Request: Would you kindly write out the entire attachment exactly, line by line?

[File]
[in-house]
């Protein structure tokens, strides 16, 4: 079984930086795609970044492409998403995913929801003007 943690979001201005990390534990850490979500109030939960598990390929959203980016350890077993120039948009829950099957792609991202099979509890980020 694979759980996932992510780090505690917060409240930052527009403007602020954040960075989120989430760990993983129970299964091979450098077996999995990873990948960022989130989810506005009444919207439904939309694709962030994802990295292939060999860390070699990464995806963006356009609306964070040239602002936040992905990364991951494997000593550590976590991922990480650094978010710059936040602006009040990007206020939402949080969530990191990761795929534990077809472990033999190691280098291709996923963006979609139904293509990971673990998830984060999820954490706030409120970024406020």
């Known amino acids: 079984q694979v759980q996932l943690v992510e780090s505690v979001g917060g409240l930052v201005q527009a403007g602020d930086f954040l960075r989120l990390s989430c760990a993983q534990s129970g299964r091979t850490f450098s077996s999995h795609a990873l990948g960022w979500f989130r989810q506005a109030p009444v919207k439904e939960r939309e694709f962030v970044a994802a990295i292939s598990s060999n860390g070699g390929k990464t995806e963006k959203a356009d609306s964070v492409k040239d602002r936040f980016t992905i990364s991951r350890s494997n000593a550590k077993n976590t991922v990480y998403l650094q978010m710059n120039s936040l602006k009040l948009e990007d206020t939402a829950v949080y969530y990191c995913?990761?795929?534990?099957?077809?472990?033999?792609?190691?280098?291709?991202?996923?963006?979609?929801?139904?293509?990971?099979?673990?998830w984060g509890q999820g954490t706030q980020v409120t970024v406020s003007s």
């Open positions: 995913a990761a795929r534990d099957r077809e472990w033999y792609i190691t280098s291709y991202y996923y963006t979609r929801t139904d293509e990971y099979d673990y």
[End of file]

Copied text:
[in-house]
């Protein structure tokens, strides 16, 4: 079984930086795609970044492409998403995913929801003007 943690979001201005990390534990850490979500109030939960598990390929959203980016350890077993120039948009829950099957792609991202099979509890980020 694979759980996932992510780090505690917060409240930052527009403007602020954040960075989120989430760990993983129970299964091979450098077996999995990873990948960022989130989810506005009444919207439904939309694709962030994802990295292939060999860390070699990464995806963006356009609306964070040239602002936040992905990364991951494997000593550590976590991922990480650094978010710059936040602006009040990007206020939402949080969530990191990761795929534990077809472990033999190691280098291709996923963006979609139904293509990971673990998830984060999820954490706030409120970024406020």
């Known amino acids: 079984q694979v759980q996932l943690v992510e780090s505690v979001g917060g409240l930052v201005q527009a403007g602020d930086f954040l960075r989120l990390s989430c760990a993983q534990s129970g299964r091979t850490f450098s077996s999995h795609a990873l990948g960022w979500f989130r989810q506005a109030p009444v919207k439904e939960r939309e694709f962030v970044a994802a990295i292939s598990s060999n860390g070699g390929k990464t995806e963006k959203a356009d609306s964070v492409k040239d602002r936040f980016t992905i990364s991951r350890s494997n000593a550590k077993n976590t991922v990480y998403l650094q978010m710059n120039s936040l602006k009040l948009e990007d206020t939402a829950v949080y969530y990191c995913?990761?795929?534990?099957?077809?472990?033999?792609?190691?280098?291709?991202?996923?963006?979609?929801?139904?293509?990971?099979?673990?998830w984060g509890q999820g954490t706030q980020v409120t970024v406020s003007s």
């Open positions: 995913a990761a795929r534990d099957r077809e472990w033999y792609i190691t280098s291709y991202y996923y963006t979609r929801t139904d293509e990971y099979d673990y």